Pharmacologic, or drug, therapy is best used in irritable bowel syndrome (IBS) patients with moderate to severe symptoms which do not respond to physician counseling and dietary manipulations.
What's a medication?
Anything you take for a therapeutic effect counts as a medicine. It can be readily available over-the-counter, in a pharmacy or grocery store, or limited by prescription only. It might be a drug or a supplement; manufactured or "natural." It might come in a pill, a liquid, or a food product. When you take something for a long-term therapeutic effect, tell your doctor about it. He or she can help you monitor quality, effectiveness, possible interactions with other medicines you may be taking, or possible side effects.
Remember, all medicines have potential side effects.
Medications for IBS
First line treatment has traditionally been aimed at treating the most bothersome symptom because of the lack of effective treatment for the overall improvement of multiple symptoms in IBS patients. However, new therapies for IBS have been recently introduced and have been shown to effectively treat multiple symptoms of IBS.
Laxatives – can help treat symptoms of constipation. Laxatives should be used under the supervision of a physician.
Bulking agents – provided they relieve and don’t worsen symptoms, can ease stool passage. Examples include bran or psyllium.
Anticholinergics/Antispasmodics – have limited benefit for treating IBS. In some persons they relieve abdominal pain or discomfort, usually if the symptoms occur soon after eating. Examples include dicyclomine (Bentyl), and hyoscyamine (Levsin).
Anti-diarrheal agents – can be effective in preventing and relieving symptoms of diarrhea. Examples include Loperamide (Imodium), and diphenoxylate and atropine (Lomotil)
Anti-anxiety medications – can be helpful for some people with IBS, mainly those with emotional distress.
There are also effective medications available that relieve the pain and improve the changes in bowel habit. They may need to be taken on a more long-term basis. These include low dose antidepressant agents or the relatively newer medications.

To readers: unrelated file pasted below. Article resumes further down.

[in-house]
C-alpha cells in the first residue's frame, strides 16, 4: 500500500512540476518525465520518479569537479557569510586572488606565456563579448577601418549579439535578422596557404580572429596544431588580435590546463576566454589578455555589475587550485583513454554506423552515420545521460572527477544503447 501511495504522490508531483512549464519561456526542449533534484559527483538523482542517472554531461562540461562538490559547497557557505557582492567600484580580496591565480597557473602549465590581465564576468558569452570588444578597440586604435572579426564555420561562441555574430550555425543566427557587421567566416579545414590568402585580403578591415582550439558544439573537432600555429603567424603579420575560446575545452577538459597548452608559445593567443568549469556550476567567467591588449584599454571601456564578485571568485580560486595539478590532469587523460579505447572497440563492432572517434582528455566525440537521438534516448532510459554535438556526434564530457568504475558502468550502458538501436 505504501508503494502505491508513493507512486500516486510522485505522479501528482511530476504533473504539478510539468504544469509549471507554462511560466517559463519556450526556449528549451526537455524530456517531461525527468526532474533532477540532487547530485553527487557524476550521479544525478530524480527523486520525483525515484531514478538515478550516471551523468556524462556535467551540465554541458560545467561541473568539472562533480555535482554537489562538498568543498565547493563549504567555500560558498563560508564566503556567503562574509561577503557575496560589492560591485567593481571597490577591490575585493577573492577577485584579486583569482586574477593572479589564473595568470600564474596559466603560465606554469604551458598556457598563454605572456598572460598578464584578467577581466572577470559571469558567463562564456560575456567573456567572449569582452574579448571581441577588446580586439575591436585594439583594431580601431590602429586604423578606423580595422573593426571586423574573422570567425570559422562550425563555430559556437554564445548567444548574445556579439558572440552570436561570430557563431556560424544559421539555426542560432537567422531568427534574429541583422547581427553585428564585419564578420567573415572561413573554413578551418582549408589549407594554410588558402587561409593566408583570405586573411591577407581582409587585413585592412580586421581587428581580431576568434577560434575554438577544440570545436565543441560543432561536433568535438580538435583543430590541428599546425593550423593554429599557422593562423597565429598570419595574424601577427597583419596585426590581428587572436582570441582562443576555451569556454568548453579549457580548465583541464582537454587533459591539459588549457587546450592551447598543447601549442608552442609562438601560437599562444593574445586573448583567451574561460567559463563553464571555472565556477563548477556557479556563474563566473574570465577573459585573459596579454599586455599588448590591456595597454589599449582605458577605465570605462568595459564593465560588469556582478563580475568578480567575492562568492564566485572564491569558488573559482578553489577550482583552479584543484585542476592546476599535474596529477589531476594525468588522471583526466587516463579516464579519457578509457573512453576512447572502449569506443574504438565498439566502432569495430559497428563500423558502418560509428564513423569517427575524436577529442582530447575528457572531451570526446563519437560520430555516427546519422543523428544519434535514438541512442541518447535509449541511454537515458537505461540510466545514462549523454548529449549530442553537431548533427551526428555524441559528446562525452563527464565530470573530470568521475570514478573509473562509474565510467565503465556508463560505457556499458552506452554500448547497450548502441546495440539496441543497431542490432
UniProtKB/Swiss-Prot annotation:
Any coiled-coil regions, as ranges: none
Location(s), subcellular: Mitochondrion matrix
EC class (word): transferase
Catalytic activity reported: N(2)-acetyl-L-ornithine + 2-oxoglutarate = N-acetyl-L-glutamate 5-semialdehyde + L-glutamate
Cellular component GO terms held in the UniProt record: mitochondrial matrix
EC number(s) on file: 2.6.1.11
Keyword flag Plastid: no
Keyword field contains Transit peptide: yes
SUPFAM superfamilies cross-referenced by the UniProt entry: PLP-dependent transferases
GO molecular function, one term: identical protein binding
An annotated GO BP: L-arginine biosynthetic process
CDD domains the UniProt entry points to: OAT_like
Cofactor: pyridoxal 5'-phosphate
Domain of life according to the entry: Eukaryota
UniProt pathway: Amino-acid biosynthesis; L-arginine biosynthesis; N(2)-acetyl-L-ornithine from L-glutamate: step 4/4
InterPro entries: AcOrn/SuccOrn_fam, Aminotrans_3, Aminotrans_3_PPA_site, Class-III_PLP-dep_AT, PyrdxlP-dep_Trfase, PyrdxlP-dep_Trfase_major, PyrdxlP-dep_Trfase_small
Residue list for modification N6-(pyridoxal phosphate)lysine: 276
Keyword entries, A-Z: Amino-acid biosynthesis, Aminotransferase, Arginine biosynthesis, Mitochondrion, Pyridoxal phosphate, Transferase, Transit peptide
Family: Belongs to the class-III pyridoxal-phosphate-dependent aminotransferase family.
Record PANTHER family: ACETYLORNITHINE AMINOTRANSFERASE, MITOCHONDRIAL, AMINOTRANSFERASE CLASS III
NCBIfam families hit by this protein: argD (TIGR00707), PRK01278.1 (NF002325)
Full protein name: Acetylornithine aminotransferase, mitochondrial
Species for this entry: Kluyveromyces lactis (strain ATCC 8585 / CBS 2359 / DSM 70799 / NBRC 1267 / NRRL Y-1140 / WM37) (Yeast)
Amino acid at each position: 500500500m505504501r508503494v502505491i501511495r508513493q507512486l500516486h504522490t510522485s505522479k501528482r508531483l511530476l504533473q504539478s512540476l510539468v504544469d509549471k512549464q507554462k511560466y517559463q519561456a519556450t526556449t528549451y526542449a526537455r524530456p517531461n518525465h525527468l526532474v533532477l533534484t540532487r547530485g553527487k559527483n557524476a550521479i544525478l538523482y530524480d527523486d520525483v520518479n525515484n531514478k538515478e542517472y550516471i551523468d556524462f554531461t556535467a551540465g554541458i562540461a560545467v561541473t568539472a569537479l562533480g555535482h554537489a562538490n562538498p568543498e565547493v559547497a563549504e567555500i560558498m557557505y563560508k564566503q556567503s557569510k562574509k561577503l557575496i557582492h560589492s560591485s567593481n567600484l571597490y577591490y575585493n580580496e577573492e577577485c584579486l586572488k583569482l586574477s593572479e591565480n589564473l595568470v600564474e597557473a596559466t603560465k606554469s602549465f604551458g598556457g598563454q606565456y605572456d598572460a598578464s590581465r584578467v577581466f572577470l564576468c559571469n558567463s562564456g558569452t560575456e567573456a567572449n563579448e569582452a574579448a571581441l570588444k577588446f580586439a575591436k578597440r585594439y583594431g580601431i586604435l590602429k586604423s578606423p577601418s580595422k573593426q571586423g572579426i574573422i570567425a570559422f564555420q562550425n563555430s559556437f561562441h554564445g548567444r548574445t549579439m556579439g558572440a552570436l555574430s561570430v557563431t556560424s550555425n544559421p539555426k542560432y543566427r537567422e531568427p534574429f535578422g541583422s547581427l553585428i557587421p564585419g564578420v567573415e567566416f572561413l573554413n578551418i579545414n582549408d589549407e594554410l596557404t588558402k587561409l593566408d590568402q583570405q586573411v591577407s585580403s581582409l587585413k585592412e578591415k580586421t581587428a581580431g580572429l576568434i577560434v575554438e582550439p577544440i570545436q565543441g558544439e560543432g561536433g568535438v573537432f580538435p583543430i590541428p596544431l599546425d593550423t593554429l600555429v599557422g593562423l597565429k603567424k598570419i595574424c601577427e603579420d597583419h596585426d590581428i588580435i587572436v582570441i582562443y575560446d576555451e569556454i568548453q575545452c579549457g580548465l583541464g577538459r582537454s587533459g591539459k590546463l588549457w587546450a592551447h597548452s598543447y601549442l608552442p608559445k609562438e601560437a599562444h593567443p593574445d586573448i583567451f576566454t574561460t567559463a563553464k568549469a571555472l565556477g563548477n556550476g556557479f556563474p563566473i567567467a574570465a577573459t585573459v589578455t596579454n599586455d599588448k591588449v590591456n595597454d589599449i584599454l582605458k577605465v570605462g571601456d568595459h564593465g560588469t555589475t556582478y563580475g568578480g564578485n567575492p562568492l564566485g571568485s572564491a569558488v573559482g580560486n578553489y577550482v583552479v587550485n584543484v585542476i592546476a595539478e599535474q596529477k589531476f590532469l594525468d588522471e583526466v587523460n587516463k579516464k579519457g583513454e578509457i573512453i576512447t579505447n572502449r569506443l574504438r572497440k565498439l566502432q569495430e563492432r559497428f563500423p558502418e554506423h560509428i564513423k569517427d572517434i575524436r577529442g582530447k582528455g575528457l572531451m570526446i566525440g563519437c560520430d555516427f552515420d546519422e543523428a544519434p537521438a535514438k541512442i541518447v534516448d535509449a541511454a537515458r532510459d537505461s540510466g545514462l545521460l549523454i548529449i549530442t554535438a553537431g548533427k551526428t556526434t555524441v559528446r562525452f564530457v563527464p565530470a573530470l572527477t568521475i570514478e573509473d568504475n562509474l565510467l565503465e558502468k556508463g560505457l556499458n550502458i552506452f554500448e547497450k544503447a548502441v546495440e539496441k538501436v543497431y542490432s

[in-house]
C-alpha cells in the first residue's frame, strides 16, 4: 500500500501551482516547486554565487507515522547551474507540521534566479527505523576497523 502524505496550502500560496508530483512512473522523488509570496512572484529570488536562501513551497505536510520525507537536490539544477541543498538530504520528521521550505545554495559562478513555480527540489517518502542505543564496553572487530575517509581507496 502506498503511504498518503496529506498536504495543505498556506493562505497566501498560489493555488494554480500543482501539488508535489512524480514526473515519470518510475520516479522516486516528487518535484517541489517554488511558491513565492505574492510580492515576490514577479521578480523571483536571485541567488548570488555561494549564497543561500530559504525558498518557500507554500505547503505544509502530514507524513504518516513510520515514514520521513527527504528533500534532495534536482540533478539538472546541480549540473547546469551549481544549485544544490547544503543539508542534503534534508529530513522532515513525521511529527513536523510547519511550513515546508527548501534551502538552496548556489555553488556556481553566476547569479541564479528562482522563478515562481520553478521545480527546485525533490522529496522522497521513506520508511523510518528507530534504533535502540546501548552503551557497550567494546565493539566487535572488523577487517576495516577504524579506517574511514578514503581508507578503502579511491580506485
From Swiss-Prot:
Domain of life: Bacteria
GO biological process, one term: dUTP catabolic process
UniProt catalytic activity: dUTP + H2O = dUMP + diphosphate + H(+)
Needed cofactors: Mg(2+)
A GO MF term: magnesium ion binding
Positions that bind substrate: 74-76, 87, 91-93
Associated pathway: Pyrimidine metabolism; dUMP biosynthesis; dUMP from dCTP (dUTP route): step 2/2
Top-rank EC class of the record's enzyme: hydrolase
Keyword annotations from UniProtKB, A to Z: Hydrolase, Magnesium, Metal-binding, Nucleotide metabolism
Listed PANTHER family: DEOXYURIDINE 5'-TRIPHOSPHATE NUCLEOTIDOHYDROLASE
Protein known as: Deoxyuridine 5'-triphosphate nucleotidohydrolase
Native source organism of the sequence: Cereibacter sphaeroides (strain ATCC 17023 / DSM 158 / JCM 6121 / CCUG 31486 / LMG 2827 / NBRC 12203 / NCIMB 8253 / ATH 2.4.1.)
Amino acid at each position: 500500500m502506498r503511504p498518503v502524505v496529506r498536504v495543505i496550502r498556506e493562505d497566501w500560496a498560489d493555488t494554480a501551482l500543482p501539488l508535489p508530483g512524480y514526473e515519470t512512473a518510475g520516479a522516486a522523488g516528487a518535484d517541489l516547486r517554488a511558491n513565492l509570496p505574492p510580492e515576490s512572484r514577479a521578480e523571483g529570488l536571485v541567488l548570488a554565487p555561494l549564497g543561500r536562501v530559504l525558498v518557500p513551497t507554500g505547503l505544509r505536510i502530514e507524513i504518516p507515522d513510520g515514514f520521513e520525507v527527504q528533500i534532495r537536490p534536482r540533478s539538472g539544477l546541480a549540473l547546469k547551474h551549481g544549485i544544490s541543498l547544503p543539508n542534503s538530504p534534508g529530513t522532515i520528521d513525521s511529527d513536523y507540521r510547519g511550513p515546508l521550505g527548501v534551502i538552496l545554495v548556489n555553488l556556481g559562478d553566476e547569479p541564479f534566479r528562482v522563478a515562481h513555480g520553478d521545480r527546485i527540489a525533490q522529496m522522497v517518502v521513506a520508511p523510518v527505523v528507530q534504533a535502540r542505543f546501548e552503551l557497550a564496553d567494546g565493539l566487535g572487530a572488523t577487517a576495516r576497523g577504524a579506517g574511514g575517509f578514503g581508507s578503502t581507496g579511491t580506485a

Antidepressants – The use of the antidepressant drug class in low doses for treatment of IBS symptoms is not linked to depression, but rather likely to effects on the brain and the gut. Antidepressant medications can reduce the intensity of pain signals going from gut to brain.
Newer IBS-Targeted Medications Available – There are other medications that are either under study, or have been shown to be effective in treating IBS in multi-center, high quality clinical trials. These are prescription medications intended for specific use under a doctor’s supervision.
The effectiveness of various agents differs between individuals. A medication regimen must be carefully chosen by the patient and his or her physician.
Individuals who have not responded to lifestyle changes and careful use of medications should consider being evaluated by a physician who specializes in motility or stress-related gastrointestinal disorders. More complex medication regimens, and specialized motility and/or psychological screening can reveal specific conditions which may respond to treatment.
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Adapted from IFFGD Publication #168 by Anthony J. Lembo, MD, Instructor of Medicine, Harvard Medical School; Division of Gastroenterology, Beth Israel Deaconess Medical Center, Boston, MA.
Last modified on February 23, 2015 at 12:18:55 PM